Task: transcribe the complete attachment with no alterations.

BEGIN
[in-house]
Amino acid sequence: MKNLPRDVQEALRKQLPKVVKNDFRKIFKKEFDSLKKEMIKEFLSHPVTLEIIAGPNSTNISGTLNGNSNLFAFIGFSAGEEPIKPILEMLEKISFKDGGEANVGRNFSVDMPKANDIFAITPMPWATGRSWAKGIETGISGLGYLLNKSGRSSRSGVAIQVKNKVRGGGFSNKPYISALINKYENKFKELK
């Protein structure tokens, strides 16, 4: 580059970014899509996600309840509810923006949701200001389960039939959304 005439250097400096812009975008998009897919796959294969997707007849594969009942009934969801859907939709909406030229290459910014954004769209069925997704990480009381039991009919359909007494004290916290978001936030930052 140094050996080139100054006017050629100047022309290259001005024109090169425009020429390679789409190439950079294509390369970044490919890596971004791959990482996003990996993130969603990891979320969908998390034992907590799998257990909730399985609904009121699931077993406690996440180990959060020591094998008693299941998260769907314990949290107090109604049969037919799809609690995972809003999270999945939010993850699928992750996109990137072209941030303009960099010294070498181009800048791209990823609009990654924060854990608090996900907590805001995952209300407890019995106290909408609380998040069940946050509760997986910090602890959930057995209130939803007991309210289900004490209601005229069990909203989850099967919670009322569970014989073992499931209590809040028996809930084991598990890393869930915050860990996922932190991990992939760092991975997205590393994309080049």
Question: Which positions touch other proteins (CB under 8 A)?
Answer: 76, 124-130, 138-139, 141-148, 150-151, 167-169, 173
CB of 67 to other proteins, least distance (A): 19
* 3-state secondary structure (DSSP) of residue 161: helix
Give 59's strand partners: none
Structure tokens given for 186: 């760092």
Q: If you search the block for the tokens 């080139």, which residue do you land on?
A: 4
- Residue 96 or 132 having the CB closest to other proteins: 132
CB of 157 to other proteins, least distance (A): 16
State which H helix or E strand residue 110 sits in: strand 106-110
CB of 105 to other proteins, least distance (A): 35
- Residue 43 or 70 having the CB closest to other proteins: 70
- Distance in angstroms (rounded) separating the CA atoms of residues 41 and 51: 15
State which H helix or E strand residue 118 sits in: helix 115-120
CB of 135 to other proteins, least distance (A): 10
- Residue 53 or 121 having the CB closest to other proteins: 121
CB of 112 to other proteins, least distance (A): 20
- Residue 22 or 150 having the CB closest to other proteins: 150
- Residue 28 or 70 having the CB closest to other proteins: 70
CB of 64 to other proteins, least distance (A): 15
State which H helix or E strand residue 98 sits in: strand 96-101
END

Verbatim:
[in-house]
Amino acid sequence: MKNLPRDVQEALRKQLPKVVKNDFRKIFKKEFDSLKKEMIKEFLSHPVTLEIIAGPNSTNISGTLNGNSNLFAFIGFSAGEEPIKPILEMLEKISFKDGGEANVGRNFSVDMPKANDIFAITPMPWATGRSWAKGIETGISGLGYLLNKSGRSSRSGVAIQVKNKVRGGGFSNKPYISALINKYENKFKELK
């Protein structure tokens, strides 16, 4: 580059970014899509996600309840509810923006949701200001389960039939959304 005439250097400096812009975008998009897919796959294969997707007849594969009942009934969801859907939709909406030229290459910014954004769209069925997704990480009381039991009919359909007494004290916290978001936030930052 140094050996080139100054006017050629100047022309290259001005024109090169425009020429390679789409190439950079294509390369970044490919890596971004791959990482996003990996993130969603990891979320969908998390034992907590799998257990909730399985609904009121699931077993406690996440180990959060020591094998008693299941998260769907314990949290107090109604049969037919799809609690995972809003999270999945939010993850699928992750996109990137072209941030303009960099010294070498181009800048791209990823609009990654924060854990608090996900907590805001995952209300407890019995106290909408609380998040069940946050509760997986910090602890959930057995209130939803007991309210289900004490209601005229069990909203989850099967919670009322569970014989073992499931209590809040028996809930084991598990890393869930915050860990996922932190991990992939760092991975997205590393994309080049």
Question: Which positions touch other proteins (CB under 8 A)?
Answer: 76, 124-130, 138-139, 141-148, 150-151, 167-169, 173
CB of 67 to other proteins, least distance (A): 19
* 3-state secondary structure (DSSP) of residue 161: helix
Give 59's strand partners: none
Structure tokens given for 186: 């760092």
Q: If you search the block for the tokens 């080139």, which residue do you land on?
A: 4
- Residue 96 or 132 having the CB closest to other proteins: 132
CB of 157 to other proteins, least distance (A): 16
State which H helix or E strand residue 110 sits in: strand 106-110
CB of 105 to other proteins, least distance (A): 35
- Residue 43 or 70 having the CB closest to other proteins: 70
- Distance in angstroms (rounded) separating the CA atoms of residues 41 and 51: 15
State which H helix or E strand residue 118 sits in: helix 115-120
CB of 135 to other proteins, least distance (A): 10
- Residue 53 or 121 having the CB closest to other proteins: 121
CB of 112 to other proteins, least distance (A): 20
- Residue 22 or 150 having the CB closest to other proteins: 150
- Residue 28 or 70 having the CB closest to other proteins: 70
CB of 64 to other proteins, least distance (A): 15
State which H helix or E strand residue 98 sits in: strand 96-101